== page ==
David Kolata, executive director of Citizens Utility Board, said during the panel discussion that transportation electrification must be done right, and the utilities must get out in front of it. “They have to make sure that any investment has strong metrics and programs behind it,” said Kolata.

That’s what has been happening at Ameren Corp., according to Gwen Mizell, vice president of sustainability and electrification at the St. Louis-based company, which serves 2.4 million electric customers and more than 900,000 natural gas customers in a 64,000-square mile area through its Ameren Missouri and Ameren Illinois rate-regulated utility subsidiaries.

“We’ve taken some significant steps” toward sustainability and ESGs, the Environmental, Social, and Governance principles that drive the company’s investment decisions, explained Mizell during the IEI panel, noting that Ameren set aggressive carbon emission reduction goals in 2017.

“We’re focused on innovation … to help us achieve such reductions,” she said.

Additionally, Mizell said “an important lever in this overall strategy is electrification,” which provides three benefits: it allows Ameren to significantly decarbonize, lower costs for customers, and grow its business.

Electrification, she said, comes from “fuel” that Ameren is making, thereby allowing the company to grow its business by, for example, building highway charging stations for EVs and collaborating on a transportation electrification program with a local Missouri school district.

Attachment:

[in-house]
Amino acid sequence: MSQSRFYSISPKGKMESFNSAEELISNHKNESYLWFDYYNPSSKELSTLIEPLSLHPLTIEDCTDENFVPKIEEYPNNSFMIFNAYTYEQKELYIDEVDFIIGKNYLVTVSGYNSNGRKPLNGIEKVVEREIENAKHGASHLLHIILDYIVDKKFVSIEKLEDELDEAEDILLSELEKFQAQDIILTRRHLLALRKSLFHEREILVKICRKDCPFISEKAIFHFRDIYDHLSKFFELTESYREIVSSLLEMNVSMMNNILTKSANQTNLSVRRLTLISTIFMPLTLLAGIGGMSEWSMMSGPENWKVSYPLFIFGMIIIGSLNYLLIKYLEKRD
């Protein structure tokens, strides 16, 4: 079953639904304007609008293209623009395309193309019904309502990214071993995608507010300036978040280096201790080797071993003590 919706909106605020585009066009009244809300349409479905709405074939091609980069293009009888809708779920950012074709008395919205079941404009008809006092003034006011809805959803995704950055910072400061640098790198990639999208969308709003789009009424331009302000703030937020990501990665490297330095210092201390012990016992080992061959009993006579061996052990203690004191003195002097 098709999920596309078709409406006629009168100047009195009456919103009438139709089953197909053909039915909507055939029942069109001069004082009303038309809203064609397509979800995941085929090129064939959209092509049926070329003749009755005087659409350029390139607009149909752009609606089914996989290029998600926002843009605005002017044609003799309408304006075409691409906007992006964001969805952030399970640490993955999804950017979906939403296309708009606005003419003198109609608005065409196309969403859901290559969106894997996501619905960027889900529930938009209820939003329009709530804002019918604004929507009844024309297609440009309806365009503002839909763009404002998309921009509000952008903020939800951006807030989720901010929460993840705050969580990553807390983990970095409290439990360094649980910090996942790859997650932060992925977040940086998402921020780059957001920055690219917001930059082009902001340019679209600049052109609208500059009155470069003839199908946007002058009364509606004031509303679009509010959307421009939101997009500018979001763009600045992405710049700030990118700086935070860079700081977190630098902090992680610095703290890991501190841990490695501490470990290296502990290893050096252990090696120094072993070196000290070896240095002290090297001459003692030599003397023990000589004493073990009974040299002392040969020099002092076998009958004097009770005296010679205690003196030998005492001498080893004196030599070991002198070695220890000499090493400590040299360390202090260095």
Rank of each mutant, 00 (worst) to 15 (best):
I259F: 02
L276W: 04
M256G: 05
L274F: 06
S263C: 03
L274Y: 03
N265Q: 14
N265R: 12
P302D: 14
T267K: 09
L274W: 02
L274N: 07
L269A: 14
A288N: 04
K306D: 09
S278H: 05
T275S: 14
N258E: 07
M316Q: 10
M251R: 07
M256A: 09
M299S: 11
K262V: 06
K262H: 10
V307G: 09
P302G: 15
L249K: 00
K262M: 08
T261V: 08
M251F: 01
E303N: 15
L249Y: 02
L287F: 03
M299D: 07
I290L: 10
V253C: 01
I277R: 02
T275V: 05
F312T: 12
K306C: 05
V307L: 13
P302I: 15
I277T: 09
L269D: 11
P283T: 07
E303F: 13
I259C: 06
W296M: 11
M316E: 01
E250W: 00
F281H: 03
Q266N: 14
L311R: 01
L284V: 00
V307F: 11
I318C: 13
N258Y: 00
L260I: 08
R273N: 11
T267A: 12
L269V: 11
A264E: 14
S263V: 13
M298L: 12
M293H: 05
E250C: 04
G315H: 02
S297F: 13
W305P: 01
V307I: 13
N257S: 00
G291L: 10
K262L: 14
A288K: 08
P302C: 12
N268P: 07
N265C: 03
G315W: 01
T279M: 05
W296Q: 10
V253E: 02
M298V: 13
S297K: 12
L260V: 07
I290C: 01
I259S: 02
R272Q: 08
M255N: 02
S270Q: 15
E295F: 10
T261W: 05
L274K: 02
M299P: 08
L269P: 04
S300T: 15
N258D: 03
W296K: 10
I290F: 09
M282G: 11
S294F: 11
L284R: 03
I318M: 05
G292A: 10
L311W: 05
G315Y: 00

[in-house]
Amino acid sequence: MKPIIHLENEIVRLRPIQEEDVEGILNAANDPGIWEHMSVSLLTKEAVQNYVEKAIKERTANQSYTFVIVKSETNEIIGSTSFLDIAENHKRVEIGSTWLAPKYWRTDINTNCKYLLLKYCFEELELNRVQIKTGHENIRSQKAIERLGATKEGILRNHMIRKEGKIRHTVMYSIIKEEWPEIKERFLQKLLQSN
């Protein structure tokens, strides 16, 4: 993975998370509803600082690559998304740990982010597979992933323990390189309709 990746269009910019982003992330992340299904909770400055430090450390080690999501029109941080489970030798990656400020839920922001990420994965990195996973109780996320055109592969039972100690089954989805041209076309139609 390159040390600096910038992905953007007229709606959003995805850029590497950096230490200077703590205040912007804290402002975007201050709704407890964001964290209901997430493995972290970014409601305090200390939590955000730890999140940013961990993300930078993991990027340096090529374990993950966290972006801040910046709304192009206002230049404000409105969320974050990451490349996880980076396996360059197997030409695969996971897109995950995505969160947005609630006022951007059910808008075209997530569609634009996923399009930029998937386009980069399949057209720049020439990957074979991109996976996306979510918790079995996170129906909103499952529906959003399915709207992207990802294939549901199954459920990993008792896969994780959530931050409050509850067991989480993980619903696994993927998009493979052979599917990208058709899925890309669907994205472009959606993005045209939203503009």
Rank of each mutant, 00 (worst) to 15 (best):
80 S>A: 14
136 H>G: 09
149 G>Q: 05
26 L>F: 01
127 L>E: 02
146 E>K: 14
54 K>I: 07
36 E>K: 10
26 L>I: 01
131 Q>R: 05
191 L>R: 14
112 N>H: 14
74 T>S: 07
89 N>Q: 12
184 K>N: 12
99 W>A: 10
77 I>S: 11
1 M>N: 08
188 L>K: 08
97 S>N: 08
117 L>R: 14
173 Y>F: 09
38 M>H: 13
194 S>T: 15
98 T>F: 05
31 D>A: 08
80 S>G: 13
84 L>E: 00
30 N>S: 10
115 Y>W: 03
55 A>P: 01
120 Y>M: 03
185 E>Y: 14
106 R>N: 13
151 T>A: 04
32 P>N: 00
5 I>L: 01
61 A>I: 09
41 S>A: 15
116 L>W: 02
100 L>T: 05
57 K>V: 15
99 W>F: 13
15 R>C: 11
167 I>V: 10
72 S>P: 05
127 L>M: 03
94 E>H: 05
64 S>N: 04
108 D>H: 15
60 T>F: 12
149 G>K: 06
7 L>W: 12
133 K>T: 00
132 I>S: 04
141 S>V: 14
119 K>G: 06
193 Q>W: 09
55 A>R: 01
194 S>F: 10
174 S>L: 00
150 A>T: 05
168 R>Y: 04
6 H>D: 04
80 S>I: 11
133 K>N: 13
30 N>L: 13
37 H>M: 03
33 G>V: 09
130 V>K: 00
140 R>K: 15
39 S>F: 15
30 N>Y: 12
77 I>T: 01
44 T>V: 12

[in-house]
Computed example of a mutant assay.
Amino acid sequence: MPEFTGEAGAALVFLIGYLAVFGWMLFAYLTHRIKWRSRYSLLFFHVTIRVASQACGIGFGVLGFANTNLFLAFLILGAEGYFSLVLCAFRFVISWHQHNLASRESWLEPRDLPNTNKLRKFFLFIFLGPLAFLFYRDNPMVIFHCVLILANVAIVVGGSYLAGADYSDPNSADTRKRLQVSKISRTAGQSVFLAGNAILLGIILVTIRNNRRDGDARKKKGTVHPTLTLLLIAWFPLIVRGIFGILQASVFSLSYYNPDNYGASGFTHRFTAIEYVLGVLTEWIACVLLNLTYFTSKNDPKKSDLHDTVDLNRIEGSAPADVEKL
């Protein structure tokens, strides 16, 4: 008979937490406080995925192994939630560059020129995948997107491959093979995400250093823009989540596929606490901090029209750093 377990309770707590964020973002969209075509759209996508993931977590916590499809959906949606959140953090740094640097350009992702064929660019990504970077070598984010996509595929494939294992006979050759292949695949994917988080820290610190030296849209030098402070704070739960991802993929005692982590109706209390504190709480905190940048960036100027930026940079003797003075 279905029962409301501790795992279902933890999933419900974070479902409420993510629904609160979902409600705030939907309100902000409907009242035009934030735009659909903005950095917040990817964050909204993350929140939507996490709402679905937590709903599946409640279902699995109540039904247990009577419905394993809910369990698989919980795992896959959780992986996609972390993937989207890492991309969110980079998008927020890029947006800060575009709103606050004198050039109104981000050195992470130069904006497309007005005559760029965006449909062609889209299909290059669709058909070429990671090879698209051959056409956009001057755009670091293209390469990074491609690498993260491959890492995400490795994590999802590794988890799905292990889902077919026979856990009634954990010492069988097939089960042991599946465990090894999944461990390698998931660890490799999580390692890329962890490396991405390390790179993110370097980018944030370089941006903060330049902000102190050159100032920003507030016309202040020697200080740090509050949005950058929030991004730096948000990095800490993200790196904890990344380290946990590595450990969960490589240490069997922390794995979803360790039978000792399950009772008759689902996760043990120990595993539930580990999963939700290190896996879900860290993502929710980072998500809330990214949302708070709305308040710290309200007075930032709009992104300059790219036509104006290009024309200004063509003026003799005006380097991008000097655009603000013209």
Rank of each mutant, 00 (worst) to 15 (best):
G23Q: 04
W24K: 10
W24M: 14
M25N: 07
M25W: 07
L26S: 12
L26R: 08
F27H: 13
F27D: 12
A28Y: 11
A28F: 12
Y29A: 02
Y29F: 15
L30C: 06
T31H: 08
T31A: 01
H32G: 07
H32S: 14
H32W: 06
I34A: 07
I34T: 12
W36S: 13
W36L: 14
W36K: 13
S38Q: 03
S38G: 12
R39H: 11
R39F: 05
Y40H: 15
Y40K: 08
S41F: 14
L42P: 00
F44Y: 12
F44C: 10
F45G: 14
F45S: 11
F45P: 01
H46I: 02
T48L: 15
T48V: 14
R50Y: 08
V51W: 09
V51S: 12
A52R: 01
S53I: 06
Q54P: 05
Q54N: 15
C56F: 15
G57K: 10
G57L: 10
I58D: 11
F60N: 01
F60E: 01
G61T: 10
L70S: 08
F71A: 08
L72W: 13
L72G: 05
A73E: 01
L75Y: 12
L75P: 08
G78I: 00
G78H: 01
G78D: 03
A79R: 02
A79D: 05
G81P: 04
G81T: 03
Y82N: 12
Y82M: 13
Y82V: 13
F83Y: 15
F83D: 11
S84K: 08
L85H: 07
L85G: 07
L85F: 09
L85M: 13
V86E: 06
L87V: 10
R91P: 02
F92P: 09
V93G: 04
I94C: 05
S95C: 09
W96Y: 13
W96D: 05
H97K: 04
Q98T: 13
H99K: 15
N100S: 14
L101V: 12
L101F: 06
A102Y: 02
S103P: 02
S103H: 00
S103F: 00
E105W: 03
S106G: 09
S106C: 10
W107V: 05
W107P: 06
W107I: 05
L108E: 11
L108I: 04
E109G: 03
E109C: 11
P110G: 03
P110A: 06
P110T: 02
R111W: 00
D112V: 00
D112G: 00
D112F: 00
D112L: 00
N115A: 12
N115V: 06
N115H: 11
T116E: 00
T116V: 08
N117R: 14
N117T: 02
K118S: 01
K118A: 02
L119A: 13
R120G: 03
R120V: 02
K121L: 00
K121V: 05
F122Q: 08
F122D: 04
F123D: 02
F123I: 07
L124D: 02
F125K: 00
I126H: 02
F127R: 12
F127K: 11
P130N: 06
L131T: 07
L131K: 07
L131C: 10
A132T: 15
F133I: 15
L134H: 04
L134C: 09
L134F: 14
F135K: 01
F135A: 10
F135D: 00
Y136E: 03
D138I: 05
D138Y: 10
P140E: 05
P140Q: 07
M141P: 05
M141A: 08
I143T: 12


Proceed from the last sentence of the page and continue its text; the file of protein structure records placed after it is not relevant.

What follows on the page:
Likewise, the joint statement that EEI, NRDC and the other groups released today includes several principles that should inform an electric company effort in supporting transportation electrification. They are:

– Transportation electrification should benefit all utility customers, including those in communities that are burdened disproportionately by local air pollution from the transportation sector and low-income households that spend a disproportionate share of their income on vehicle fuel and maintenance;

– Transportation electrification should avoid placing financial burdens related to the transition to electric vehicles on those who can least afford it;

– Costs associated with utility investments designed to support transportation electrification should generally be recovered over a timeframe that corresponds to the expected realization of future economic benefits from the electrification of the transportation sector;

– Electric utilities should track metrics within their control that measure the benefits of transportation electrification; and

– Utility investments that support transportation electrification should be designed to lower household expenditures by increasing access to the use of clean and affordable electricity as a transportation fuel; improve local air quality in communities burdened by pollution from the transportation sector; improve the utilization of the electric grid, putting downward pressure on rates to the benefit of all customers; and take advantage of the flexibility and energy storage inherent in electric vehicles to facilitate the integration of variable renewable, zero-emission generating resources.

“We’re excited to help move this market to where it needs to be and provide all of these benefits for customers,” said EEI’s Knox.

EEI leads broad effort to grow support for electric transportation